The NZD/USD ‘correction’ is over
The NZD is still overvalued against the Japanese yen (JPY) and euro (EUR), but ongoing quantitative easing from the Bank of Japan and the ECB means this could persist for a while yet.
There is a risk the NZD could go lower in the near term given the RBNZ is likely to cut rates further from here, though if the Bank has learned anything from the last year it is not to go too far, too fast in one direction. The market is already pricing in another 50 bps points of cuts, which if not delivered could see the NZD rally back up.
A big part of the story behind the recent rate cut is dairy prices have continued to weaken when there was previously an expectation of a turnaround. Rising demand from Asia is positive for dairy prices in the long term but a stabilisation in global grain prices would assist a dairy recovery in the shorter term as grains are an input into milk production in the northern hemisphere. Dairy prices have moved lower again recently while global grain prices seem to have bottomed on lower supply estimates. If the rally in grains is sustained, this would be a positive development for dairy prices.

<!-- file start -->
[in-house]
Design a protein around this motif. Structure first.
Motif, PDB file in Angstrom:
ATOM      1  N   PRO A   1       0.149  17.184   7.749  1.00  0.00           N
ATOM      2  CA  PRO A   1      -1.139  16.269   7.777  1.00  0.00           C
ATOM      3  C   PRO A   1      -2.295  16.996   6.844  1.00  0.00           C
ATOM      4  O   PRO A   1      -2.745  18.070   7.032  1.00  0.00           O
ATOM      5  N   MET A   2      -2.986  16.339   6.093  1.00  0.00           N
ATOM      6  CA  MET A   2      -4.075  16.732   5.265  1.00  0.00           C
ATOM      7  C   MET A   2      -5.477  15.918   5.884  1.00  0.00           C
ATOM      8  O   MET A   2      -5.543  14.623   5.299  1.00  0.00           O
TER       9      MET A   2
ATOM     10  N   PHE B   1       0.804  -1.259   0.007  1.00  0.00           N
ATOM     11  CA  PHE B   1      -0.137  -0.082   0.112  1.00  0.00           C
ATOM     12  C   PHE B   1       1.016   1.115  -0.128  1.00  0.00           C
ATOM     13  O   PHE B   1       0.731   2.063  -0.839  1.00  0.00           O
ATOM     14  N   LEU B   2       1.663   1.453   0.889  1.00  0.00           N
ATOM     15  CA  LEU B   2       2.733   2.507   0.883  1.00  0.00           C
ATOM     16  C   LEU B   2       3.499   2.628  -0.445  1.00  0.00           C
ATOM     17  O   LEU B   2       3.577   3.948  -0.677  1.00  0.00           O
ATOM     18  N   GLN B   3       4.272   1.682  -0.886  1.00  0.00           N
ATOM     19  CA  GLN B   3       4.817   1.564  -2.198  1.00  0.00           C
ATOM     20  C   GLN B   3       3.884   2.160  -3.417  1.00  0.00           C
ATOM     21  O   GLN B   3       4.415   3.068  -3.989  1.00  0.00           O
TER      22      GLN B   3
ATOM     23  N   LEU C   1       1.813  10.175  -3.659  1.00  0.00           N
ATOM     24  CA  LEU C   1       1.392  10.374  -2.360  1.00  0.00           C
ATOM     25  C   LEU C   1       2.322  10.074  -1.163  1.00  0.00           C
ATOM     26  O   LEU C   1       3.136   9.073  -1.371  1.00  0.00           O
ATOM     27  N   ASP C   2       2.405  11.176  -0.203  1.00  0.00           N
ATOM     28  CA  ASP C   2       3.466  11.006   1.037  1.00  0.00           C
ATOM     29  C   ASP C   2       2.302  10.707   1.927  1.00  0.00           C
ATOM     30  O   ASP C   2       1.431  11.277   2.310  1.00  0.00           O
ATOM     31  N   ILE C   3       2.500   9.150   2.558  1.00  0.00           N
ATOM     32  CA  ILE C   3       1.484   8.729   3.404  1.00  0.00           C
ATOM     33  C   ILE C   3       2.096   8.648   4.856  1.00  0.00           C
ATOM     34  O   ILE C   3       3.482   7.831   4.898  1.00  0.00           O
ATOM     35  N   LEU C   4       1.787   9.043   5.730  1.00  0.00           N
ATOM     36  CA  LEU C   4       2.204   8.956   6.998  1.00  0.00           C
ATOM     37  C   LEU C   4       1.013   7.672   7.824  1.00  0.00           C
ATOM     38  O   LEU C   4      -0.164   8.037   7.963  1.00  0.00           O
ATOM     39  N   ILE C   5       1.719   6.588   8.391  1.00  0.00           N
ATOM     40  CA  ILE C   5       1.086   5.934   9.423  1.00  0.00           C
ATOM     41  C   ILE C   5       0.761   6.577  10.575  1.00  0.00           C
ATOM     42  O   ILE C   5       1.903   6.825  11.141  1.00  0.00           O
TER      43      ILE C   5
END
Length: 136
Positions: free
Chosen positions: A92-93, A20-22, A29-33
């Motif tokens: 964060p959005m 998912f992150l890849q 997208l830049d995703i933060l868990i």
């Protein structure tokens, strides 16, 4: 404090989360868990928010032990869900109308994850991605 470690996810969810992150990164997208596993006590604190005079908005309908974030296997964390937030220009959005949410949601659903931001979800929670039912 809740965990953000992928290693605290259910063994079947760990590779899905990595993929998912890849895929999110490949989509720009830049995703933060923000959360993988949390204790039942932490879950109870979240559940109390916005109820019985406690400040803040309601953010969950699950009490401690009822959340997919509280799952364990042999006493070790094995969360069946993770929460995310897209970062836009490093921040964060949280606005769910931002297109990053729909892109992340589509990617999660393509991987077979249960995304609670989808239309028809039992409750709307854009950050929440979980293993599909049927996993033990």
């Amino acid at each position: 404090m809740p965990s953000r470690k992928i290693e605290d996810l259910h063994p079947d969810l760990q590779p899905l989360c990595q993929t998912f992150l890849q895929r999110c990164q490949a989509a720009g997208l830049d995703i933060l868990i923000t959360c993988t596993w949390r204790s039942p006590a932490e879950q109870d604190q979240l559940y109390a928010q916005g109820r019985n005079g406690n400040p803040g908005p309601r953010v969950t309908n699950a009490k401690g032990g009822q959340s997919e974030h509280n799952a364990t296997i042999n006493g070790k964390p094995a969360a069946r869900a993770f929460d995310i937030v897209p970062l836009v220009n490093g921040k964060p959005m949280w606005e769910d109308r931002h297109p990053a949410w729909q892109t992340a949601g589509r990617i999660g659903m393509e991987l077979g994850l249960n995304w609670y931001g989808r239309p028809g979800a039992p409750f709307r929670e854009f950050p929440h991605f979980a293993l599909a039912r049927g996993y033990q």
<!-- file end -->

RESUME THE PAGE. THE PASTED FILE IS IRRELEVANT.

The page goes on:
Global grain prices often lead dairy price
Source: Global Dairy Trade, Bloomberg, AMP Capital
Another potential negative for the NZD is the Fed is expected to raise rates this year, which could lead to further USD strength. However, the USD has already rallied hard in anticipation of rate hikes and as a result the greenback is not cheap against the major currencies. The further the USD rises, the less the Fed will have to do on the interest rate front. This is the mirror opposite of the NZD and interest rate outlook. The more the NZD declines, the less the RBNZ will need to cut rates. Thus both the USD and NZD should be self correcting up (and down) to a point.
USD real effective exchange rate
Source: BIS, AMP Capital
Another potential negative for the NZD is the Fed is expected to raise rates this year, which could lead to further USD strength.
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